Entertainment

Don Lewis' Former Lawyer Thinks He Was Murdered — But Not By Carole Baskin

Netflix

Turns out that Netflix users who can't stop marathoning Tiger King aren't the only ones who have theories about what happened to Carole Baskin's husband. In a new interview, the lawyer for Carole Baskin's ex-husband shared his theory about the disappearance — specifically, he believes that Don Lewis was most likely murdered, and he has a theory as to how it all went down.

Lewis — the second husband of animal activist and Big Cat Rescue founder Baskin — mysteriously disappeared in August 1997. And while officials never found evidence of foul play, Baskin has frequently been accused of having some kind of involvement in his disappearance, though she has repeatedly denied the allegations against her and is not currently a suspect.

Joseph Fritz, who was Lewis' lawyer before he went missing, is one of the people who suspect foul play. "I do have reason to believe he is dead," he told People in a new interview, adding that in his opinion there are "too many indications of foul play, too many motives, too many opportunities." Furthermore, Fritz insisted that Lewis would never abandon his family without a trace, adding, "He wouldn’t leave him family, his fortune and his kids behind. There was enough motive and enough opportunity for something bad to have happened, and it probably did."

In the interview, Fritz reiterated a theory he originally proposed on Nancy Grace, that Lewis — who was set to fly to Costa Rica the morning he disappeared — was lured to a nearby airport and attacked. "We heard he got strangled with an electric cord in the backseat and was thrown out over the gulf," Fritz alleged. "In my working theory, one person [was] flying the plane and one person [was] strangling."

However, unlike Baskin's long-time rival, Joe Maldonado-Passage (a.k.a. Joe Exotic), Fritz doesn't necessarily think that the Big Cat Rescue founder Baskin is responsible for Lewis' death. "I don’t know who the murderer is," he said, adding that it's difficult to think of any possible motives for why someone would want to kill Lewis. "He was a pretty likable guy,” Fritz recalled. "He never really hurt anybody. When he loaned money, it was at high interest rates. He aggravated somebody on a land purchase once; that was bad. But nothing I would say was worthy of murder."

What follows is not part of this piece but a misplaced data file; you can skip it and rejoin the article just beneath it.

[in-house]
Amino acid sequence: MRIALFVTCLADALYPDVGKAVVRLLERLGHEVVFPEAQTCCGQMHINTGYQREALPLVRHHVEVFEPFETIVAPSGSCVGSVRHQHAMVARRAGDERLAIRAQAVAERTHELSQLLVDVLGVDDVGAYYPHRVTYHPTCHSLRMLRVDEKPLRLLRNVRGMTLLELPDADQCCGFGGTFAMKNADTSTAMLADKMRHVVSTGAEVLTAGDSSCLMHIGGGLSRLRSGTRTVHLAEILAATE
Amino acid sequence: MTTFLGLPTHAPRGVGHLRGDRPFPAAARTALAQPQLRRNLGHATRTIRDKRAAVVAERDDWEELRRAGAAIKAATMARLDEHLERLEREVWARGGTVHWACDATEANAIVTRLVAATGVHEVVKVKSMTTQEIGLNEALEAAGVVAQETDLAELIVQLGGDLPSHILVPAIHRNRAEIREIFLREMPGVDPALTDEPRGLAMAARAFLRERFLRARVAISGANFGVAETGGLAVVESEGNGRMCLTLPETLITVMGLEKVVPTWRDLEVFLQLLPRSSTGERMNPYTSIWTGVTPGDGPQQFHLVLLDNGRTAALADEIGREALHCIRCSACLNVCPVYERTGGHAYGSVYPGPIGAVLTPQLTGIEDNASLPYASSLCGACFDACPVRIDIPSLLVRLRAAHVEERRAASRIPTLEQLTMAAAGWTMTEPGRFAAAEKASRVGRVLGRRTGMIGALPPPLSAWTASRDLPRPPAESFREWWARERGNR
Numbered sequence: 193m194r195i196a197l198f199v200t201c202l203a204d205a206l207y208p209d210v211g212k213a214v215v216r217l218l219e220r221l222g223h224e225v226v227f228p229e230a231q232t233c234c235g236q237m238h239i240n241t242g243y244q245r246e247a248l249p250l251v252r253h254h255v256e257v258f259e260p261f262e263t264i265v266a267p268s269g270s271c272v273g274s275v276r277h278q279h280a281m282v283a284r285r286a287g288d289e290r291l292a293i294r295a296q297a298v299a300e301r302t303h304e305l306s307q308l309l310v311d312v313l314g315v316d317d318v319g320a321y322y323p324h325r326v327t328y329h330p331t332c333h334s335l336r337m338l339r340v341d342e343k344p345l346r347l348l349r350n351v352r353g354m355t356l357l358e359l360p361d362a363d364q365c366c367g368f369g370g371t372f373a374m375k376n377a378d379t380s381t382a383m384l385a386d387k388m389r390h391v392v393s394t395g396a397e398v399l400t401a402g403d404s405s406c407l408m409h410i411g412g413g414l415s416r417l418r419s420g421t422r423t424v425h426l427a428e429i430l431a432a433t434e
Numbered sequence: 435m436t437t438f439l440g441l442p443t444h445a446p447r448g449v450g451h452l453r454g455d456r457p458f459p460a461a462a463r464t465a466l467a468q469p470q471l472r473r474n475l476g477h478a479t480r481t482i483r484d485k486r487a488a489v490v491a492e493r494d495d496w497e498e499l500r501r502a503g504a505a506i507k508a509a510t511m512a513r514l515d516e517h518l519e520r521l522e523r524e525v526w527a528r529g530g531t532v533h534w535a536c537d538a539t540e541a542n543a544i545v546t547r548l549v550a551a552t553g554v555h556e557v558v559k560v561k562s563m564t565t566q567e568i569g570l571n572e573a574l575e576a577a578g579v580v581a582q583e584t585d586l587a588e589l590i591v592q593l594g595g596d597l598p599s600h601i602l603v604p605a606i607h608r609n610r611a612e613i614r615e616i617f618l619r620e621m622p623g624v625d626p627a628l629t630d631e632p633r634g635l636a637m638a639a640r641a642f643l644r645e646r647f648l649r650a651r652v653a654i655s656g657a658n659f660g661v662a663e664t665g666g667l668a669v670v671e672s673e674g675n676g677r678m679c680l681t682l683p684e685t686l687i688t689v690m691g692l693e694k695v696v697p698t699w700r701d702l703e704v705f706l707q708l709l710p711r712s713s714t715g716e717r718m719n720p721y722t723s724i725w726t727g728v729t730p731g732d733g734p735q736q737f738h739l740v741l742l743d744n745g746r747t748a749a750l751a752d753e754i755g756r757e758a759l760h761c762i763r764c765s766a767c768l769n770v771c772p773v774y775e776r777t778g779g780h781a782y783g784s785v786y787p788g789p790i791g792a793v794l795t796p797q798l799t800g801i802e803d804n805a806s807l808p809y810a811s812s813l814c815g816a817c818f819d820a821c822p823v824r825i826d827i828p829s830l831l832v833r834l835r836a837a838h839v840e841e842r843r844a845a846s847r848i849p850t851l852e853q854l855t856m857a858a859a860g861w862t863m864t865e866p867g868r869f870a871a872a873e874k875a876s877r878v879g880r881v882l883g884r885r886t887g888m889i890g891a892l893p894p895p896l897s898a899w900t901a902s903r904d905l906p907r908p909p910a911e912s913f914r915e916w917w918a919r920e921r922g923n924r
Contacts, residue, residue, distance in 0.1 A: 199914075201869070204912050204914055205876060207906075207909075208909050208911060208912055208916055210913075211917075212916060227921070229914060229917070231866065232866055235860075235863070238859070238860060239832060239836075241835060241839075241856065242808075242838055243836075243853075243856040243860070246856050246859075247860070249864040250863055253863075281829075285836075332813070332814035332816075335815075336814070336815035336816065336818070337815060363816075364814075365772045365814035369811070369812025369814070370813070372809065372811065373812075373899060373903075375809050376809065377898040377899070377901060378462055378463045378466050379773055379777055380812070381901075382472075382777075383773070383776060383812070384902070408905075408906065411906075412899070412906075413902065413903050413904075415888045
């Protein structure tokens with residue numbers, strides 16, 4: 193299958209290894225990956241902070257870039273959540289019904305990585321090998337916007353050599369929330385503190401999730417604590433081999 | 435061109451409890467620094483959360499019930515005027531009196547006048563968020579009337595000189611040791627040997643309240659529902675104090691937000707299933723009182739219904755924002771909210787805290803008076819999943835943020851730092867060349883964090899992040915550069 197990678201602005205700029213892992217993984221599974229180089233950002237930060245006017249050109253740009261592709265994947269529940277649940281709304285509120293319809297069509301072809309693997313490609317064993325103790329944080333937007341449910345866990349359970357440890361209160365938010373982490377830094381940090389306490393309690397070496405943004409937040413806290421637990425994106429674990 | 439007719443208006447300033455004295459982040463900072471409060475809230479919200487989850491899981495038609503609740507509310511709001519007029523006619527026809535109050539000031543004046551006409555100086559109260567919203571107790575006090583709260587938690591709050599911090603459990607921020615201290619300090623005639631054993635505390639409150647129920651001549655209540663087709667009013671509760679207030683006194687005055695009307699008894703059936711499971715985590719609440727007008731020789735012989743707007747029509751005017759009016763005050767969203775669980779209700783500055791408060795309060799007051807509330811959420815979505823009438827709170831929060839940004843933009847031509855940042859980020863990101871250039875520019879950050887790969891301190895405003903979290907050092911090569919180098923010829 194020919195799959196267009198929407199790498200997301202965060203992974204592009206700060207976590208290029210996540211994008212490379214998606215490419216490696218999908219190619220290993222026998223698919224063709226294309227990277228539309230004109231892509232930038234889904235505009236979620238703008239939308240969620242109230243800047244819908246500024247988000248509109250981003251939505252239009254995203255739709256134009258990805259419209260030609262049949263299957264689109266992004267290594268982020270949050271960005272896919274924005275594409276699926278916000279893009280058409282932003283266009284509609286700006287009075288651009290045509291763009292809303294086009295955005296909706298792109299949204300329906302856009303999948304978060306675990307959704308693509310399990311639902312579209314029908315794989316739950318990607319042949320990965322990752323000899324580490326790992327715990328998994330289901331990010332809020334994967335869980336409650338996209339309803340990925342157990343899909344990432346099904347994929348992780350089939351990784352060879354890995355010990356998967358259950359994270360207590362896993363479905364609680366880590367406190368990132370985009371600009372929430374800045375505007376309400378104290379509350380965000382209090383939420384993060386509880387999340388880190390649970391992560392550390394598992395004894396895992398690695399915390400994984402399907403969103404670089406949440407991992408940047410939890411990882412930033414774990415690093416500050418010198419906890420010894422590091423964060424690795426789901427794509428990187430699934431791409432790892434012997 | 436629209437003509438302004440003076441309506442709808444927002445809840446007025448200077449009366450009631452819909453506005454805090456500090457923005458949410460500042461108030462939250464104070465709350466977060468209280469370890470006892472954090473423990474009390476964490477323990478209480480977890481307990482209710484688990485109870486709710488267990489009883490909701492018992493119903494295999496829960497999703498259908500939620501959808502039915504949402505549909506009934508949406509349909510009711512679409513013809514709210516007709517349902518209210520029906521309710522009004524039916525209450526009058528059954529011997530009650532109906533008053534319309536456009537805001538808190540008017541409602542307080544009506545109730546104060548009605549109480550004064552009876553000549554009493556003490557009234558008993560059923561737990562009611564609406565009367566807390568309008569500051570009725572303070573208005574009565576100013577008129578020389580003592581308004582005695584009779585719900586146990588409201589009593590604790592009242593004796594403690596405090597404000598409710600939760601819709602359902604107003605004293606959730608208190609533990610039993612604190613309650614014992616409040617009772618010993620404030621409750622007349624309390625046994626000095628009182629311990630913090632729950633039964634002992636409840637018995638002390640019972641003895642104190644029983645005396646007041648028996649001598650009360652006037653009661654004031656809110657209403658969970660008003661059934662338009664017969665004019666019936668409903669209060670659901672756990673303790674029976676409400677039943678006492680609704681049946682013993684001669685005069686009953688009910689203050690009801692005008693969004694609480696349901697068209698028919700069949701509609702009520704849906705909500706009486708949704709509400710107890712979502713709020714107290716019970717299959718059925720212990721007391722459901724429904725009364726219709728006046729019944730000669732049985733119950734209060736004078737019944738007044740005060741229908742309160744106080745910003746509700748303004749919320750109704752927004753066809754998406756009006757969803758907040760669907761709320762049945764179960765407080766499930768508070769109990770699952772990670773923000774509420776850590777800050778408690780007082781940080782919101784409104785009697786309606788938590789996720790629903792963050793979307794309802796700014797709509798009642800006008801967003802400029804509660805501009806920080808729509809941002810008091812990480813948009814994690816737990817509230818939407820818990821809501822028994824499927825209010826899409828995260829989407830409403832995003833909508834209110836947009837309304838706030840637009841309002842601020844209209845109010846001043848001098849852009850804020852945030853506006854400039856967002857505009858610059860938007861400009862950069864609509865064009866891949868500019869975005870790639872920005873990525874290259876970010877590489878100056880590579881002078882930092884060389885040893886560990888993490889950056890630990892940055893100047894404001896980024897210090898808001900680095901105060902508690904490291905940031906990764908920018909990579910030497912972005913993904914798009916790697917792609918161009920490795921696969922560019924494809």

Lewis' disappearance is also being treated as a homicide by Hillsborough County Sheriff Chad Chronister, who asked Twitter followers to share any potential new leads about the case in the end of March. "I wish I had more answers," he told People in April, adding that thus far, there are no real leads on "how and who’s responsible for" Lewis' disappearance. "I only hope, with the popularity of this Netflix series, that I’ll get those answers."

The popularity of the Netflix series hasn't been as promising for Baskin, who has continually refuted the accusations that she was involved in her ex-husband's disappearance. "The series presents [Maldonado-Passage's accusations] without any regard for the truth or in most cases even giving me an opportunity before publication to rebut the absurd claims," Baskin wrote in a blog post shortly after Tiger King became a sensation. "They did not care about truth. The unsavory lies are better for getting viewers."

It's been over twenty years since Lewis mysteriously disappeared (he was declared dead in 2002), so the likelihood of the case ever being properly closed is slim. However, if nothing else, it seems the popularity of Tiger King and the renewed interest in the case might just help Baskin, Fritz and Lewis' other loved ones finally find answers.